Examples of clearcut ad hominems, I've found, are rarer than I thought before I started looking for them. On closer inspection, most ad hominem arguments have a trace of logic or reason, however weak, that accompany them. But William Greider's argument against Standard & Poor's warning on U.S. government debt is about the cleanest case of an ad hominem I've come across in a while.
I have nothing personal against Greider. I sat around a conference table with him for a day in February 2010, a day biiled as one on which left (he's on the left) and right (I'm not on the right, but I'm not on the left either) tried to see if we could work together against the various wars. He seems like a nice man.
In a recent article in which he railed against Standard & Poor's for its recent lowering of U.S. government bonds from "stable" to "negative," Greider uses the whole column to attack Standard & Poor's. Much of his attack is on target. Standard & Poor's did do us a disservice by rating securitized mortgages too high. But Greider doesn't give us a scintilla of evidence that their fear on U.S. government debt is unjustified. Indeed, the standard problem with Standard & Poor's is that they have rated various securities too high. So, given their bias in the direction of ratings that are too high, isn't it striking that they have moved slightly in the opposite direction? Not to Greider.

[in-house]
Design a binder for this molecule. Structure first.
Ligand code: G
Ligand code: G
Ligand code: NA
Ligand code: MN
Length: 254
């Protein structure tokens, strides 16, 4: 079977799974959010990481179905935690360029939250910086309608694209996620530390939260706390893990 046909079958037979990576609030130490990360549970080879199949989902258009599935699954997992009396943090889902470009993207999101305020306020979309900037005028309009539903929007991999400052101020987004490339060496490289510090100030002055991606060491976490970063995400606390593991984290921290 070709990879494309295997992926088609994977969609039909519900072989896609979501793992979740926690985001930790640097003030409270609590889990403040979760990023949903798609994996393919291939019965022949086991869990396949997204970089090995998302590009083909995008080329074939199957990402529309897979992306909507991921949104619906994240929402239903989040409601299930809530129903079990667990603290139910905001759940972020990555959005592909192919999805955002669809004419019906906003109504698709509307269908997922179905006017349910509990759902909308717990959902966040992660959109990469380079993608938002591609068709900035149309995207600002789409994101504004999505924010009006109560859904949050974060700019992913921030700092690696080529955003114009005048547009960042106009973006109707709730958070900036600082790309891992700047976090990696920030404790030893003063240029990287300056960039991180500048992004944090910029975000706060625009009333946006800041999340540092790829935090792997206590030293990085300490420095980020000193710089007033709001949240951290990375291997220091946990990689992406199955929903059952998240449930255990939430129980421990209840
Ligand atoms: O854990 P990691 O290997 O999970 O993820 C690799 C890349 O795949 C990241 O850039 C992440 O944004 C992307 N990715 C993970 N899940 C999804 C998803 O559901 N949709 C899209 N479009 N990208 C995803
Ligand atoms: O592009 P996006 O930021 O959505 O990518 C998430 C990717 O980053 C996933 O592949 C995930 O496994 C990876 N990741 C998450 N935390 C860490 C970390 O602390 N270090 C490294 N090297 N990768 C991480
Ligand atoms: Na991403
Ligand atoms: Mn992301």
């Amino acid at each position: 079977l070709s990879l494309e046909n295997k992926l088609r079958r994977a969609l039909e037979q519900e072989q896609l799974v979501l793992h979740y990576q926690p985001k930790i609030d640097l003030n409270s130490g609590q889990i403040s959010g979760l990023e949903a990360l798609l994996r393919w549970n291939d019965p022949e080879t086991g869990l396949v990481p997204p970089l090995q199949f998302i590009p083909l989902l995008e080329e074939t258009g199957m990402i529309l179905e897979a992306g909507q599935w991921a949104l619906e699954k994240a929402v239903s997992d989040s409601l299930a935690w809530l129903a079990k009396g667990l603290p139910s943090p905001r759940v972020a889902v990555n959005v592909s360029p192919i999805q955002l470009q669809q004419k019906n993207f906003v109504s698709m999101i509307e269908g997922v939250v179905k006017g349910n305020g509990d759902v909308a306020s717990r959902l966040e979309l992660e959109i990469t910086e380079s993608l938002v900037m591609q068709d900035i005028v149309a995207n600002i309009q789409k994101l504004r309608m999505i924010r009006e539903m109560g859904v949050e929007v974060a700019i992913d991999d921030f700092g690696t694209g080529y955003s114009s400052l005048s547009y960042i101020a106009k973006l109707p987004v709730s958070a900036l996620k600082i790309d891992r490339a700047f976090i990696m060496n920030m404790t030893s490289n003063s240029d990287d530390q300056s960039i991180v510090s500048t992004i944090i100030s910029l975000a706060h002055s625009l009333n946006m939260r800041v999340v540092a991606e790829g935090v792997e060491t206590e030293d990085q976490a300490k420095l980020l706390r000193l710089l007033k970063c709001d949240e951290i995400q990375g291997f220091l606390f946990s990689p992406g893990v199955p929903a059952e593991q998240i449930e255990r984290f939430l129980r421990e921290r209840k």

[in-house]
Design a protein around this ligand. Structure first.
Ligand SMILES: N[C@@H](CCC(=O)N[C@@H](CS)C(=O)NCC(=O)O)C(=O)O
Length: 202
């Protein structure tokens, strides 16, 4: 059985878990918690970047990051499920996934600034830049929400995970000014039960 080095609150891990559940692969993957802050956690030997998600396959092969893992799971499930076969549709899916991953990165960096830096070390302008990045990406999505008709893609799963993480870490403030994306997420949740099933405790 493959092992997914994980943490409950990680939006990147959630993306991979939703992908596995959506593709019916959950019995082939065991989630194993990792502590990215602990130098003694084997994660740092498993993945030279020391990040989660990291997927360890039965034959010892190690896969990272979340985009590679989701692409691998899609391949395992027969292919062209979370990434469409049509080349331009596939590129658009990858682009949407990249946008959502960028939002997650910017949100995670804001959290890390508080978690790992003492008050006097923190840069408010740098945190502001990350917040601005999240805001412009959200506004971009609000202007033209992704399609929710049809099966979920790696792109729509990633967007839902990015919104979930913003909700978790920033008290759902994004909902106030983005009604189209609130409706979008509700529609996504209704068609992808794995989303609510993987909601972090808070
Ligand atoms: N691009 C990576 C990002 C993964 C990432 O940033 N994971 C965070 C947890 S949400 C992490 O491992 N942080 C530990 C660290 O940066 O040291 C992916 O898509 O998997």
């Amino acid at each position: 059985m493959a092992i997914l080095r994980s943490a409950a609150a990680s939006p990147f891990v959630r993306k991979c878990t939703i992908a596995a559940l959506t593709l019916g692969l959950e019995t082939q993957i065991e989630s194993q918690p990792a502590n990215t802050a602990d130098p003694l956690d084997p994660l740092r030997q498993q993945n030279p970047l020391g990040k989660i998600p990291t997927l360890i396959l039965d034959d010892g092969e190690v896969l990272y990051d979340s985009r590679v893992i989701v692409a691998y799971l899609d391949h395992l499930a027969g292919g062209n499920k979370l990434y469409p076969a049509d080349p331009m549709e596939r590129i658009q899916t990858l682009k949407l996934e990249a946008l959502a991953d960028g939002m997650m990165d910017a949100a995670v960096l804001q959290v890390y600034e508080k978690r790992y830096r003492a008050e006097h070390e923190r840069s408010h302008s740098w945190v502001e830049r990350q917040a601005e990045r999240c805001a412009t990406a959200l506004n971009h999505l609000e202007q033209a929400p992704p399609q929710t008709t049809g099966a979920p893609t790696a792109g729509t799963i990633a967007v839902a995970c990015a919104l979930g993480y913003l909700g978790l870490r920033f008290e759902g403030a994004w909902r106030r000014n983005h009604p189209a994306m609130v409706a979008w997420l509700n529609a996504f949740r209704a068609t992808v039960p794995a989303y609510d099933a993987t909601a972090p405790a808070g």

He also states, "What is required is a serious law that either changes the status of the rating agencies or shuts them down." Is Greider aware that the SEC gave privileged status to Standard & Poor's in 1975, a status that takes away much of their incentive to rate accurately?